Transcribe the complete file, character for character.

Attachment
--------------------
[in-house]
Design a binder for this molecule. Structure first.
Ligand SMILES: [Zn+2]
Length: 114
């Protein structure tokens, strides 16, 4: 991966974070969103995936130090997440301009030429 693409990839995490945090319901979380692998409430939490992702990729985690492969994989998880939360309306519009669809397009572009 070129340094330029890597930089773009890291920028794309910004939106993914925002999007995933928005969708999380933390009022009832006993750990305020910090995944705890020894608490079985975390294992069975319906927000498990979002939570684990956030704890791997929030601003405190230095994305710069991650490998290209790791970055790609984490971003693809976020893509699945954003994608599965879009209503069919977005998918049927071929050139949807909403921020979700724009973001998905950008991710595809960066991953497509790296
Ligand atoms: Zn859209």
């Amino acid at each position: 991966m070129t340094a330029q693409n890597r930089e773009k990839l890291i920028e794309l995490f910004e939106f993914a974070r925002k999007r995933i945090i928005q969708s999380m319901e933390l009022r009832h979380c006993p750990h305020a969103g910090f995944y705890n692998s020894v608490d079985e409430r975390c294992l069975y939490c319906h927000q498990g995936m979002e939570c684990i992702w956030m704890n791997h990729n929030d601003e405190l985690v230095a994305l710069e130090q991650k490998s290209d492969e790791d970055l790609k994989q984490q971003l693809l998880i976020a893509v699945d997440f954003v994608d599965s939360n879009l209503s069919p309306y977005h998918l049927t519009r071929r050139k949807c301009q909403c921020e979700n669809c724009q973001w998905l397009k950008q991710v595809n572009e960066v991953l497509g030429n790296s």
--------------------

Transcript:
[in-house]
Design a binder for this molecule. Structure first.
Ligand SMILES: [Zn+2]
Length: 114
């Protein structure tokens, strides 16, 4: 991966974070969103995936130090997440301009030429 693409990839995490945090319901979380692998409430939490992702990729985690492969994989998880939360309306519009669809397009572009 070129340094330029890597930089773009890291920028794309910004939106993914925002999007995933928005969708999380933390009022009832006993750990305020910090995944705890020894608490079985975390294992069975319906927000498990979002939570684990956030704890791997929030601003405190230095994305710069991650490998290209790791970055790609984490971003693809976020893509699945954003994608599965879009209503069919977005998918049927071929050139949807909403921020979700724009973001998905950008991710595809960066991953497509790296
Ligand atoms: Zn859209």
């Amino acid at each position: 991966m070129t340094a330029q693409n890597r930089e773009k990839l890291i920028e794309l995490f910004e939106f993914a974070r925002k999007r995933i945090i928005q969708s999380m319901e933390l009022r009832h979380c006993p750990h305020a969103g910090f995944y705890n692998s020894v608490d079985e409430r975390c294992l069975y939490c319906h927000q498990g995936m979002e939570c684990i992702w956030m704890n791997h990729n929030d601003e405190l985690v230095a994305l710069e130090q991650k490998s290209d492969e790791d970055l790609k994989q984490q971003l693809l998880i976020a893509v699945d997440f954003v994608d599965s939360n879009l209503s069919p309306y977005h998918l049927t519009r071929r050139k949807c301009q909403c921020e979700n669809c724009q973001w998905l397009k950008q991710v595809n572009e960066v991953l497509g030429n790296s």